36. ### Internal Energy for Water

Good day all ! I have a confusion regarding the use of the formula dU=CdT for computing internal energy for liquid or solid like for instance in this exercice We have an isothermal process so I thought that dU=0 so according to the first law of thermodynamics dQ=-dW (we want to calulate the...
37. ### Correct statement about internal energy

Homework Statement Which statement about internal energy is correct? A. When two system have the same internal energy, they must be at the same temperature B. When the internal energy of a system is increased, its temperature always rises C. The internal energy of a system depends only on its...
38. ### Understanding the Concept of Heat Supply to a System: Explained in My Book

My book states that Heat and work represent energy in transit. The state of the system undergoes a change after heat is supplied to it and before work is extracted from it because energy gets stored in it. My doubt is here that ,heat has been transferred to the system and it says heat is energy...
39. ### Increase in internal energy due to polarization of a dielectric

I have a plate capacitor with a given charge. It is then dipped in a dielectric fluid and I must determine which height the fluid reaches(all the necessary parameters are given). I can solve this problem if I make the following assumption: the polarization of the dielectric does not( or...
40. ### Algebraic Improvement needed in Comparing enthelpy and internal energy change

MODERATOR'S NOTE: I have been having difficulty explaining to this member the error in his algebraic development, in particular being cavalier in his attentiveness to proper algebraic manipulation of signs. I explained his error in post #7 (and the problems that could arise if he continues to...
41. ### Heat released during combustion at constant pressure vs volume

Greetings! I've been brushing up on some thermodynamics recently and came across a perplexing sentence in my notes and text from undergrad. It says that for a combustion reaction, such as the combustion of heptane: C7H16 (l) + 11O2 (g) ---> 7CO2 (g) + 8H2O (l) That this process carried out at...
42. ### Internal energy and thermal energy

I'm watching a lecture introduction internal energy and in it, the lecturer states the following for some system: E_{internal} = E_{translational} + E_{vibrational} + E_{rotational} + E_{other} where ## E_{other} ## could be chemical energy, magnetic energy, electrostatic energy etc. Then...
43. ### Enthelpy & Internal Energy Change relation with Cp & Cv

Homework Statement Match the following Given : Processes do not include chemical reactions. Assume CP,m and CV,m are independent of temperature for given substance and consider only pressure-volume work in given all processes. Homework Equations ΔU = Q - W ΔH = ΔU +...
44. ### Calculation of the change in internal energy of water

Homework Statement If water vapor is assumed to be a perfect gas, molar enthalpy change for vaporization of 1 mol of water at 1 bar and 100 C is 41 kJ/mol . Calculate the internal energy, when 1 mol of water is vaporized at 1 bar pressure and 100 C. Homework Equations \Delta U = \Delta H =...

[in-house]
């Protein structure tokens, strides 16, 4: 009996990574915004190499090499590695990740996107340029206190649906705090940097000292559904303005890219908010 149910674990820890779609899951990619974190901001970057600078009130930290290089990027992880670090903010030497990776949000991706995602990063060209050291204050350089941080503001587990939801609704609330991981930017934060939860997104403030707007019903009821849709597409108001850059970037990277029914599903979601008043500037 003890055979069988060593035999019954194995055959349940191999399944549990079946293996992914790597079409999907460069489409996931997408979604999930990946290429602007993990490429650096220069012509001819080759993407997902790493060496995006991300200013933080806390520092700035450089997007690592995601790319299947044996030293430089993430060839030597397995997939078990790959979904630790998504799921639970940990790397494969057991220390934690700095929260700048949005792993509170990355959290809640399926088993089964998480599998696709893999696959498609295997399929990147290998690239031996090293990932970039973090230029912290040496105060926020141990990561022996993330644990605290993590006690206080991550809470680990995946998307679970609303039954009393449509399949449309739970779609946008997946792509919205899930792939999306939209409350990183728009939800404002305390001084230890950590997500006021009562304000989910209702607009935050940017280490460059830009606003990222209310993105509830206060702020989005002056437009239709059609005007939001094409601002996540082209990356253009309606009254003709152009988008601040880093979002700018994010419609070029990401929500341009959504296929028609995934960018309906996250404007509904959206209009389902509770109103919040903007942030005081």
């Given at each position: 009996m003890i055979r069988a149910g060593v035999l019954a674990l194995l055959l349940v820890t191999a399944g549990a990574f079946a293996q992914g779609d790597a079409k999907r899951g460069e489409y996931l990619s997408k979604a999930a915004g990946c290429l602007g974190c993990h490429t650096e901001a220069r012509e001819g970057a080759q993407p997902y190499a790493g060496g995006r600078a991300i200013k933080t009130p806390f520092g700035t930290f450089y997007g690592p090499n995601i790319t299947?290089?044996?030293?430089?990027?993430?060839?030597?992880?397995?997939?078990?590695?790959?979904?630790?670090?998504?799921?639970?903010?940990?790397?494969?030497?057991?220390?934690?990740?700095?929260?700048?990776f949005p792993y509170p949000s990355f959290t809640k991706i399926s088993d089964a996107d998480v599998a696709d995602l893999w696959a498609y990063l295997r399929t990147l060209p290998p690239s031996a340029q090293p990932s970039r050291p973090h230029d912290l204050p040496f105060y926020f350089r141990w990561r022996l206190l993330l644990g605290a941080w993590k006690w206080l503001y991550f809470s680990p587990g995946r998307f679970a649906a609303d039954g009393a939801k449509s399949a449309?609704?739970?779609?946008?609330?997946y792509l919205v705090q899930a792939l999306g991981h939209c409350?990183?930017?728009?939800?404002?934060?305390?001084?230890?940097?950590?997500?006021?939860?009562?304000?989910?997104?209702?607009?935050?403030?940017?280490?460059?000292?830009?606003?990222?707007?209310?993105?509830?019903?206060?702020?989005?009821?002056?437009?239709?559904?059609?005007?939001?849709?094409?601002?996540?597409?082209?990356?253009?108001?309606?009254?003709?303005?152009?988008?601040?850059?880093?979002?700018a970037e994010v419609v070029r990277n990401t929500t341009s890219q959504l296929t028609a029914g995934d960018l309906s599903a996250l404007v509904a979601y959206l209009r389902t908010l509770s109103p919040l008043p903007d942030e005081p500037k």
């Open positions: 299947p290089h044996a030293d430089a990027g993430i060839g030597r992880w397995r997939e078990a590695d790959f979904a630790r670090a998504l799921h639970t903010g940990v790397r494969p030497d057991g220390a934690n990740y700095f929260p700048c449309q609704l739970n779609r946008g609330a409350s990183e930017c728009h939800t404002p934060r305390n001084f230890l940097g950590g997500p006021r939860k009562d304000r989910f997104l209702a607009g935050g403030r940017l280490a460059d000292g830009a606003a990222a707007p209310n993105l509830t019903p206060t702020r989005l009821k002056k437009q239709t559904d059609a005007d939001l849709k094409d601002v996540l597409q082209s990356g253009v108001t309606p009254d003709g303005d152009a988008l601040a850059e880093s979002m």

45. ### Why is internal energy not a function of pressure?

I'm reading a book on thermal physics and the author says this: "In general, the internal energy will be a function of temperature and volume, so that we can write U =U(T,V) " How do we know this intuitively and how do we know that internal energy is not a function of pressure as well?
46. ### B Why do objects have internal energy?

From what I understand, the molecules/atoms that make up an object are in constant, random motion. Do electromagnetic forces cause this motion or what is the cause of it? If so, why would net electromagnetic forces exist between "neutral" atoms?
47. ### Calculate the Internal Energy of Monoatomic Gas

Homework Statement Re-arranging the equations of potential (internal) energy in a monoatomic gas, i get this differential equation: \gamma (dV/V ) + (dP/P) = 0. where V is volume and P is pressure. I have to integrate it. Homework EquationsThe Attempt at a Solution I tried, but i wasnt able...
48. ### Thermodynamics- Piston problem, pressure, internal energy

Homework Statement Homework Equations F= ma P= F/A The Attempt at a Solution a). Assuming the piston is in equilibrium, I'm applying Newton's second law F=ma=0 Equals zero because it is not moving Note: P=F/A which I rearrange to solve for the force for F= PA. This represents the...
49. ### Internal energy and total heat of universe

Hello. I am starting to learn about thermodynamics. (i'm going to use lower case "d" for delta) Energy is neither created nor destroyed. So dU = 0 for the universe as a whole. If the universe is constantly expanding, then it must be doing work on the vacuum around it, right? So W is a...
50. ### Energy of a Gas in equilibrium with BB-radiation

Homework Statement A closed, thermally-insulated box contains one mole of an ideal monatomic gas G in thermodynamic equilibrium with blackbody radiation B. The total internal energy of the system is ##U=U_{G}+U_{B}##, where ##U_{G}## and ##U_{B} (\propto T^4)## are the energies of the ideal gas...